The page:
The school year is winding down, proms and summer vacations are looming, and parents at Norfolk Collegiate School are talking about peer pressure and underage drinking.
Not just pressure on their kids. Pressure on themselves, the parents.
Pressure to be the nice guys and not the cops with their children and their children’s friends when it comes to them experimenting with alcohol. Pressure to want their kids to like them, to think they’re cool. Pressure to not look like a prude in front of other parents.
A mother with 14- and 17-year-old sons complained that she was the only parent she knew who checked to see if other parents were chaperoning parties in their homes. If she raised the question of alcohol use, the other parents often shrugged and said the kids were going to drink anyway. Better that it be under their roofs.
“They looked at me like I was nuts,” she said.
More than 50 parents of students at this private school met in its cafeteria Monday night for a panel discussion on underage drinking. What are the legalities? What can parents do to discourage it?
“I was kind of hoping to get some ideas on how to handle it,” said George M. Kemp of Virginia Beach, who’s struggled over the issue with his 17-year-old son. “Prohibition doesn’t work.”
Maybe not, but don’t give up, panel members told the crowd.
For one thing, giving or even unintentionally allowing your children to use alcohol – such as by retreating upstairs behind a closed bedroom door while the kids party unsupervised downstairs – is against the law, reminded Judge James H. Flippen Jr. of Norfolk’s Juvenile and Domestic Relations District Court. It’s called contributing to the delinquency of a minor. And it’s punishable by up to a year in jail and a $2,500 fine.
“It’s serious business,” the judge said.
Helping children “get used to” drinking before they, say, head off to college sends a confusing and immoral mixed message, said Michael L. Goodove, a lawyer and president of the local chapter of Mothers Against Drunk Driving.
MADD calls for zero tolerance for underaged drinking. Goodove’s brother was killed at college by an underaged drunken driver. Parents, he and the other panel members said, need to repeatedly talk with their children about why drinking is inappropriate as well as illegal for them.
But don’t try horror stories – they won’t work on savvy teens, said Richard H. Jaglowski, a therapist who’s coordinator of the Child and Adolescent Program at Maryview Psychiatric Hospital.
A firm, consistent and honest stand against their drinking – parents can at least control their own homes – and a game plan to deal with slip-ups is what’s needed.
“There’s nothing you can do to stop your child from drinking,” Jaglowski told the parents. “Nine out of 10 kids, by the time they reach 17, have had alcohol. Forty percent have tried marijuana.
“The only way that’s not going to happen is if you Velcro your kid to your hip.”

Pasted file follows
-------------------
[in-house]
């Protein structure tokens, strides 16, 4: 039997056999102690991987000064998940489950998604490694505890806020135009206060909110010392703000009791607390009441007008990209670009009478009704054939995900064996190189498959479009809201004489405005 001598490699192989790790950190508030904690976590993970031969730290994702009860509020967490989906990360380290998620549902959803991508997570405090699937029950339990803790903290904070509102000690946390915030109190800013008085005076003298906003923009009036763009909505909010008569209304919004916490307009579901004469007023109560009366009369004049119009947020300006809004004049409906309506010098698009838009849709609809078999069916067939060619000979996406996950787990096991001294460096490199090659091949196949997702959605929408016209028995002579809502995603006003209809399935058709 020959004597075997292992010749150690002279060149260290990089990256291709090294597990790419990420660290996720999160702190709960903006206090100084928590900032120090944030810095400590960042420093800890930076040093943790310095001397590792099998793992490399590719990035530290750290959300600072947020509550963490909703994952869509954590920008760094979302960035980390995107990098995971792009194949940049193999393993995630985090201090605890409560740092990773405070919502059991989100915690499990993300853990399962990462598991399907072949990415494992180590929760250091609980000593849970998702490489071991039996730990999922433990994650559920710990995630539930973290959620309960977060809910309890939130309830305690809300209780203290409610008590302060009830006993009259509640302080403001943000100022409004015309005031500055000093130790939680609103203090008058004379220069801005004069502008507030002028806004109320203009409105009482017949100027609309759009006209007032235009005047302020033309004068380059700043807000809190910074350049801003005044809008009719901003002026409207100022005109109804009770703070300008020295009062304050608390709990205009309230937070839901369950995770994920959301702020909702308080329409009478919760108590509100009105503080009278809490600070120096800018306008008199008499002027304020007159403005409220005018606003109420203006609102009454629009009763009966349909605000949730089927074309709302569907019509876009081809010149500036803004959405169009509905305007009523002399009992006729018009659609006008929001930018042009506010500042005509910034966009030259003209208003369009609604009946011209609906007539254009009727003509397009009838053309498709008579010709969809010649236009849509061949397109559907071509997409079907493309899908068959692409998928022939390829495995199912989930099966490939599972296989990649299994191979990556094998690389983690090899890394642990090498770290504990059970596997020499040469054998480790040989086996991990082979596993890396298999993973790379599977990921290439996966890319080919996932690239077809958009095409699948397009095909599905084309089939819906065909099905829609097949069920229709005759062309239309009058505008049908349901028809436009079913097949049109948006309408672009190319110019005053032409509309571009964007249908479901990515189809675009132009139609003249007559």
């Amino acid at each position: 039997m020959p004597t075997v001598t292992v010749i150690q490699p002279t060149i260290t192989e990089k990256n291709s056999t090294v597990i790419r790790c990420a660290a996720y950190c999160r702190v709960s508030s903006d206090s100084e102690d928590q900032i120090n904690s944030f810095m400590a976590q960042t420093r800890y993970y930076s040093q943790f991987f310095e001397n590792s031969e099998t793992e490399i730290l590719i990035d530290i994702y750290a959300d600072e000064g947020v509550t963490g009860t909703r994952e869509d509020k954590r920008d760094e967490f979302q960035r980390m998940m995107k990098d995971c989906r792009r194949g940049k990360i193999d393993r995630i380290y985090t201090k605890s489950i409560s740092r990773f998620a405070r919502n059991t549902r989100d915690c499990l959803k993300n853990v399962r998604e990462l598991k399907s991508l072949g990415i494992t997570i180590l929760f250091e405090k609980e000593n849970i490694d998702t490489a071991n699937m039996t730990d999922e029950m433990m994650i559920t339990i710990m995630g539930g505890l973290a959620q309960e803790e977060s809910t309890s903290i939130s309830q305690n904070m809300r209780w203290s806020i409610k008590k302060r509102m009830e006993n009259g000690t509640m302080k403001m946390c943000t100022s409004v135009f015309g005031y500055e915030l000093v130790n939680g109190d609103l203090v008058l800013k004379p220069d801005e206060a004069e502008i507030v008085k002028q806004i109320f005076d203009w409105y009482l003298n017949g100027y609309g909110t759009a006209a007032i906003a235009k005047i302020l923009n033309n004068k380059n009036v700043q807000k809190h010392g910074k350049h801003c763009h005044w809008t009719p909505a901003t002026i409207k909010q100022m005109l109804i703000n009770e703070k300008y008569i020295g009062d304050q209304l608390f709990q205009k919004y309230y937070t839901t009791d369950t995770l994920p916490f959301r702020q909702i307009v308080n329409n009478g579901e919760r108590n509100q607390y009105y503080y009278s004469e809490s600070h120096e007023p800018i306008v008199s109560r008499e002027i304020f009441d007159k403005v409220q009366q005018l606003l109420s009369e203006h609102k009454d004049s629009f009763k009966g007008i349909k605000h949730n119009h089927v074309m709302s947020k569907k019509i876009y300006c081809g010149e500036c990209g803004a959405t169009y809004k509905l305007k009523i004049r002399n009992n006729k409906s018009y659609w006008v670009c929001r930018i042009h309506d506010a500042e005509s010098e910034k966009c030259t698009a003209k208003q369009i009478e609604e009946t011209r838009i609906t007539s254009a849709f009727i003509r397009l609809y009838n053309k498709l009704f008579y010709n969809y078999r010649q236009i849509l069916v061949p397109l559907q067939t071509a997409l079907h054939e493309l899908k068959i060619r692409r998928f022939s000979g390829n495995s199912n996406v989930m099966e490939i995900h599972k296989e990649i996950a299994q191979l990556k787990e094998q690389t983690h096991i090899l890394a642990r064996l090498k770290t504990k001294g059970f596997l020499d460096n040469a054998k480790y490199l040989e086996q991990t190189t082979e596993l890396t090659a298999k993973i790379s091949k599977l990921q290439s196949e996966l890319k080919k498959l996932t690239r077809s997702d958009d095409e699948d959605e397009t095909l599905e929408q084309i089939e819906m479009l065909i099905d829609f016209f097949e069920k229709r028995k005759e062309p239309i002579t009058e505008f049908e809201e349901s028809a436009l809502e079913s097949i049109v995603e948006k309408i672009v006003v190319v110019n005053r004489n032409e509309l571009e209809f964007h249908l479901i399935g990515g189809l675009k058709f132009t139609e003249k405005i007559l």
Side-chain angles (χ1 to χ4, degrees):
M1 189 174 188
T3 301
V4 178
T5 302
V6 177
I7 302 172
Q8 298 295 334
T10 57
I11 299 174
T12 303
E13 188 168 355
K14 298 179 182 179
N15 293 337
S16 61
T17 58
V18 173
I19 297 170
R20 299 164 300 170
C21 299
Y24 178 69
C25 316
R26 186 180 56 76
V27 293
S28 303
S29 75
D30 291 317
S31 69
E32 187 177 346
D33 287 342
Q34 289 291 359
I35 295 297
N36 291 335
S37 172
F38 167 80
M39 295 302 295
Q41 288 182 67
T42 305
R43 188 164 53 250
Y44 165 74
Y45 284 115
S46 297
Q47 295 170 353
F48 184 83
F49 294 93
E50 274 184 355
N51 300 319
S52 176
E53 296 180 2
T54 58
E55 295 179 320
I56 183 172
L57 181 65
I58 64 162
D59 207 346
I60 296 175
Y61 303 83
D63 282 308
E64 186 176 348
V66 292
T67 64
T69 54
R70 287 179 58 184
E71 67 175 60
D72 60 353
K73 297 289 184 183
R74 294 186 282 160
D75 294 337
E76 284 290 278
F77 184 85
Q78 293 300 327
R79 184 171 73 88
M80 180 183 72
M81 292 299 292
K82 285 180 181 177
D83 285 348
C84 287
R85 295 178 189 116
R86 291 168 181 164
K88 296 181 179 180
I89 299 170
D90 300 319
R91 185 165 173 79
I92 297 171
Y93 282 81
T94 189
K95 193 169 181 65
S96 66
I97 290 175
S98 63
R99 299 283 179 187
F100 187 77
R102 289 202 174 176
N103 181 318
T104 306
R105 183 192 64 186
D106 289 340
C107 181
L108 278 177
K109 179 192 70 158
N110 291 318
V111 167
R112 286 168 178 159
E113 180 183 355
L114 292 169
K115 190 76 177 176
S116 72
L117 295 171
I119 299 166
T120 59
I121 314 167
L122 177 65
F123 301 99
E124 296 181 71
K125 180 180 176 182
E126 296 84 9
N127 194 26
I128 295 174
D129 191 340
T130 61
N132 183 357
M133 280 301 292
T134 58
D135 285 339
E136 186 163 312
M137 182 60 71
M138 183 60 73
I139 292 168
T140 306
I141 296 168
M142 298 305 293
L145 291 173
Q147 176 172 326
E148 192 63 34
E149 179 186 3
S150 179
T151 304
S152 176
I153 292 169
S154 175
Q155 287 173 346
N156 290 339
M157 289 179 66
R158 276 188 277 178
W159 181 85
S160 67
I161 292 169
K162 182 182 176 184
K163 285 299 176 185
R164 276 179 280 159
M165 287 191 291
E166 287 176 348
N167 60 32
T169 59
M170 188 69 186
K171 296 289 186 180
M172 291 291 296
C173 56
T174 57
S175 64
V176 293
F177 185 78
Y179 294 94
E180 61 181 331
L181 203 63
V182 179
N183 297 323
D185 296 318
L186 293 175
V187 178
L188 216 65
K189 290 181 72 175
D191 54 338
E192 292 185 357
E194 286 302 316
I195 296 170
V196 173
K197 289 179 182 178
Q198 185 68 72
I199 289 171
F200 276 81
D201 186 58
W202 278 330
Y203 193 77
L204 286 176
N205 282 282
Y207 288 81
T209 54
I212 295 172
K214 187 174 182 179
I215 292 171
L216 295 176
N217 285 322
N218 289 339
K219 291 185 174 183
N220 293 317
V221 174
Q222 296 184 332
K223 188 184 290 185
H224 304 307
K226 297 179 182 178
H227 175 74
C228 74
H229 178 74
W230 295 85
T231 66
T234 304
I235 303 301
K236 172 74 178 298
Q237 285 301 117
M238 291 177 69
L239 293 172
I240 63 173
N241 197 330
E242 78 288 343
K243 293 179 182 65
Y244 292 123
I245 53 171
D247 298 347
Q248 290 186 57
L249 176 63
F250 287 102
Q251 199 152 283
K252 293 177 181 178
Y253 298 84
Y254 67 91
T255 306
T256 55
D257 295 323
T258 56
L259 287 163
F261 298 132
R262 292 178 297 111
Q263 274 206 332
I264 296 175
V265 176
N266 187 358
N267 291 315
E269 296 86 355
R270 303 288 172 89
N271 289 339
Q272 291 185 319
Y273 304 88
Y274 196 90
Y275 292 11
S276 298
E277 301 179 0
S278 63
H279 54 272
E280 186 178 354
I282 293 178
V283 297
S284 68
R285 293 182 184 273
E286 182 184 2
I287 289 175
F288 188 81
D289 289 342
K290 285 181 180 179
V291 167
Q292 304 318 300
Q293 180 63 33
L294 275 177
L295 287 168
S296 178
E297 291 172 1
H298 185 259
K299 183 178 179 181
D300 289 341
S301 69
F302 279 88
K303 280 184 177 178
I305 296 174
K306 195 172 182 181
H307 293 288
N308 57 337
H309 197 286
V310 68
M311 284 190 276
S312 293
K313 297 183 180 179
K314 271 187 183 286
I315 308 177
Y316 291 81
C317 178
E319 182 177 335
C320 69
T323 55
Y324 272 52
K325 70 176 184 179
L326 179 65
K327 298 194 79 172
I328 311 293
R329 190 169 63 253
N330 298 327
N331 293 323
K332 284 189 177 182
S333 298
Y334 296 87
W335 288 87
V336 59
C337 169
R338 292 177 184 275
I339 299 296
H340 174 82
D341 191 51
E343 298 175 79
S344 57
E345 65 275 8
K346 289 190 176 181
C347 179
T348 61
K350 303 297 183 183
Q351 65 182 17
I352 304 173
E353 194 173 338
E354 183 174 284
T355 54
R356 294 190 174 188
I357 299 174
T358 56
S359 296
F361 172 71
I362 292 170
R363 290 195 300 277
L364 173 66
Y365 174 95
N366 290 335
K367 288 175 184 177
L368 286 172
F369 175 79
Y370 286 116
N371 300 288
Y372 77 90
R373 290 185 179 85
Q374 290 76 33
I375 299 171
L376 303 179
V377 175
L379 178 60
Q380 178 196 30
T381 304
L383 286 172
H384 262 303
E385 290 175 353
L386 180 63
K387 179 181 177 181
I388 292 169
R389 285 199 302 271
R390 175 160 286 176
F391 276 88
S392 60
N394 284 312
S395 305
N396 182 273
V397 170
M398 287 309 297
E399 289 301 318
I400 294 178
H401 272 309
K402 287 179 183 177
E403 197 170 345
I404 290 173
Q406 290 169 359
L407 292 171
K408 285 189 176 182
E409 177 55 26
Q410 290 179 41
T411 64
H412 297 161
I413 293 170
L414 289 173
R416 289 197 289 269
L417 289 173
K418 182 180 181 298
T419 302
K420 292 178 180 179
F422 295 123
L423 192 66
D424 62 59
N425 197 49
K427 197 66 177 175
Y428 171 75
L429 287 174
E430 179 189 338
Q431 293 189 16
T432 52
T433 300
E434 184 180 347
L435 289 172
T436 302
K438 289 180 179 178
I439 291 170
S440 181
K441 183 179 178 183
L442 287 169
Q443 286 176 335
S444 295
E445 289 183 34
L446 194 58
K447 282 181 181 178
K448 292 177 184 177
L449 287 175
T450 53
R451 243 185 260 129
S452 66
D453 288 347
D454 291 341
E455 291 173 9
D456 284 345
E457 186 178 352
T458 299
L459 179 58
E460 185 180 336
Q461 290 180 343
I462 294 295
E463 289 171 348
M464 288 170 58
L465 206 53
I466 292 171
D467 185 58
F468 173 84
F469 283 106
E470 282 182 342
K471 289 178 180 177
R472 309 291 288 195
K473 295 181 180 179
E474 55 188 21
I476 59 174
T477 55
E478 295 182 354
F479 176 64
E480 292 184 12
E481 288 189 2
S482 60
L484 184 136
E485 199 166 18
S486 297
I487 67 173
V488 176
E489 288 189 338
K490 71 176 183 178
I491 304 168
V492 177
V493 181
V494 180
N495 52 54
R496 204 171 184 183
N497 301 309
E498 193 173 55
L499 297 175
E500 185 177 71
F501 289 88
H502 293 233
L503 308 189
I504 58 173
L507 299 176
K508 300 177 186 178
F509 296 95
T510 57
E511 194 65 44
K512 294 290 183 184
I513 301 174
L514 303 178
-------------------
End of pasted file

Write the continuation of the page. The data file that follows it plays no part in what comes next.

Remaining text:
Mary Gauthier knows this. The mother of four teenagers and a Norfolk Collegiate faculty member, she regrets not taking a harsher stand when she caught her oldest son with a beer in ninth grade. She cared too much about what her children thought of her.
Years later, on one of the son’s visits home, friends came over late. There was drinking that Gauthier didn’t know about until one of the son’s underaged college friends drunkenly called her the “coolest mom” because she didn’t get angry.
“I was really ashamed of myself,” Gauthier said.
The National High School Senior Survey, an annual study by the University of Michigan, showed in 1995 that illegal drug use was rising among American high-schoolers, and alcohol use was remaining fairly stable, although increasing slightly for seniors.
In 1995, almost 81 percent of seniors had tried alcohol, and 55 percent of eighth-graders had. Thirty percent of 12th-graders had had five or more drinks in a row in the two weeks before the survey; 15 percent of eighth-graders had. More than 63 percent of the seniors had been drunk at least once in their lives, and more than a quarter of the eighth-graders had.
Students at Monday’s discussion agreed that alcohol was prevalent – at parties, driving around, at homes after school when parents weren’t home. Start alcohol education when children are 11 and 12, they said. Talk to children, but don’t come down too hard – they’ll rebel, the youngsters said.
Parents were hoping for more answers. “We know our kids are going to drink,” said Stephen B. Ballard Sr. of Norfolk. “I did it. I imagine nine out of 10 here did it.”
“It’s a tough issue,” the father of two said later. “I don’t know what I’m going to do.”
One of his friends serves alcohol to teens, Ballard said. Going the other way, parent Kemp and his wife stopped drinking at home, believing that setting responsible examples was the key.
Roz Klein’s oldest child is 14, so it’s still easy for Mom and Dad to lay down a black-and-white line concerning alcohol. But it won’t always be, Klein acknowledged.
“I agree with one of the parents who said your kids aren’t going to like you no matter what, so you might as well do what’s right.”